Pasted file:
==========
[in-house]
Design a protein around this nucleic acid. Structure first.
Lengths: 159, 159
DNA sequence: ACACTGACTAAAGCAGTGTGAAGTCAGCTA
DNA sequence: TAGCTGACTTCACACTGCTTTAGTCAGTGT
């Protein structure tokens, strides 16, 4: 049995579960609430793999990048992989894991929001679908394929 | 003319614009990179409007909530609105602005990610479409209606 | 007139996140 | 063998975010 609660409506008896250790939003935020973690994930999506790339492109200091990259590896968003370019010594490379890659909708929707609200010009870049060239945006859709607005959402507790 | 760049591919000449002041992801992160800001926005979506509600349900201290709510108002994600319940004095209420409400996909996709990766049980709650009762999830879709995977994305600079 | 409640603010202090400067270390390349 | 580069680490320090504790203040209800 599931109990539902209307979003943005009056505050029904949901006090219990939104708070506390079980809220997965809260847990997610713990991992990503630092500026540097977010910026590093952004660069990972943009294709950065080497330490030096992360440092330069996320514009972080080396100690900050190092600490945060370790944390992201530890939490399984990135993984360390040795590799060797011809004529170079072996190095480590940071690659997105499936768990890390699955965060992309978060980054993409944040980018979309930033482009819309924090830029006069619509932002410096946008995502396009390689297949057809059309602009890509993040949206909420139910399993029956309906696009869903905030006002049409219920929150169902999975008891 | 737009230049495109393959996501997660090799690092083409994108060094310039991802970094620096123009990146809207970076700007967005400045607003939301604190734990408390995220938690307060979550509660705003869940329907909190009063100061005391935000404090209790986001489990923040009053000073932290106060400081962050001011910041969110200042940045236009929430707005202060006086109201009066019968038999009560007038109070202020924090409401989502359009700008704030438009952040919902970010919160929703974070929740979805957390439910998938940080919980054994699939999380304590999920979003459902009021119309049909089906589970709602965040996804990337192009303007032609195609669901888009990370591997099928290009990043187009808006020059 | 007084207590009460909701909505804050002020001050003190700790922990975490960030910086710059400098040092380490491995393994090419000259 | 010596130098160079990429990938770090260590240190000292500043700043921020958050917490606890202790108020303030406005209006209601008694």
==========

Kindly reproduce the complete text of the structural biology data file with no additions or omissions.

[in-house]
Design a protein around this nucleic acid. Structure first.
Lengths: 159, 159
DNA sequence: ACACTGACTAAAGCAGTGTGAAGTCAGCTA
DNA sequence: TAGCTGACTTCACACTGCTTTAGTCAGTGT
């Protein structure tokens, strides 16, 4: 049995579960609430793999990048992989894991929001679908394929 | 003319614009990179409007909530609105602005990610479409209606 | 007139996140 | 063998975010 609660409506008896250790939003935020973690994930999506790339492109200091990259590896968003370019010594490379890659909708929707609200010009870049060239945006859709607005959402507790 | 760049591919000449002041992801992160800001926005979506509600349900201290709510108002994600319940004095209420409400996909996709990766049980709650009762999830879709995977994305600079 | 409640603010202090400067270390390349 | 580069680490320090504790203040209800 599931109990539902209307979003943005009056505050029904949901006090219990939104708070506390079980809220997965809260847990997610713990991992990503630092500026540097977010910026590093952004660069990972943009294709950065080497330490030096992360440092330069996320514009972080080396100690900050190092600490945060370790944390992201530890939490399984990135993984360390040795590799060797011809004529170079072996190095480590940071690659997105499936768990890390699955965060992309978060980054993409944040980018979309930033482009819309924090830029006069619509932002410096946008995502396009390689297949057809059309602009890509993040949206909420139910399993029956309906696009869903905030006002049409219920929150169902999975008891 | 737009230049495109393959996501997660090799690092083409994108060094310039991802970094620096123009990146809207970076700007967005400045607003939301604190734990408390995220938690307060979550509660705003869940329907909190009063100061005391935000404090209790986001489990923040009053000073932290106060400081962050001011910041969110200042940045236009929430707005202060006086109201009066019968038999009560007038109070202020924090409401989502359009700008704030438009952040919902970010919160929703974070929740979805957390439910998938940080919980054994699939999380304590999920979003459902009021119309049909089906589970709602965040996804990337192009303007032609195609669901888009990370591997099928290009990043187009808006020059 | 007084207590009460909701909505804050002020001050003190700790922990975490960030910086710059400098040092380490491995393994090419000259 | 010596130098160079990429990938770090260590240190000292500043700043921020958050917490606890202790108020303030406005209006209601008694």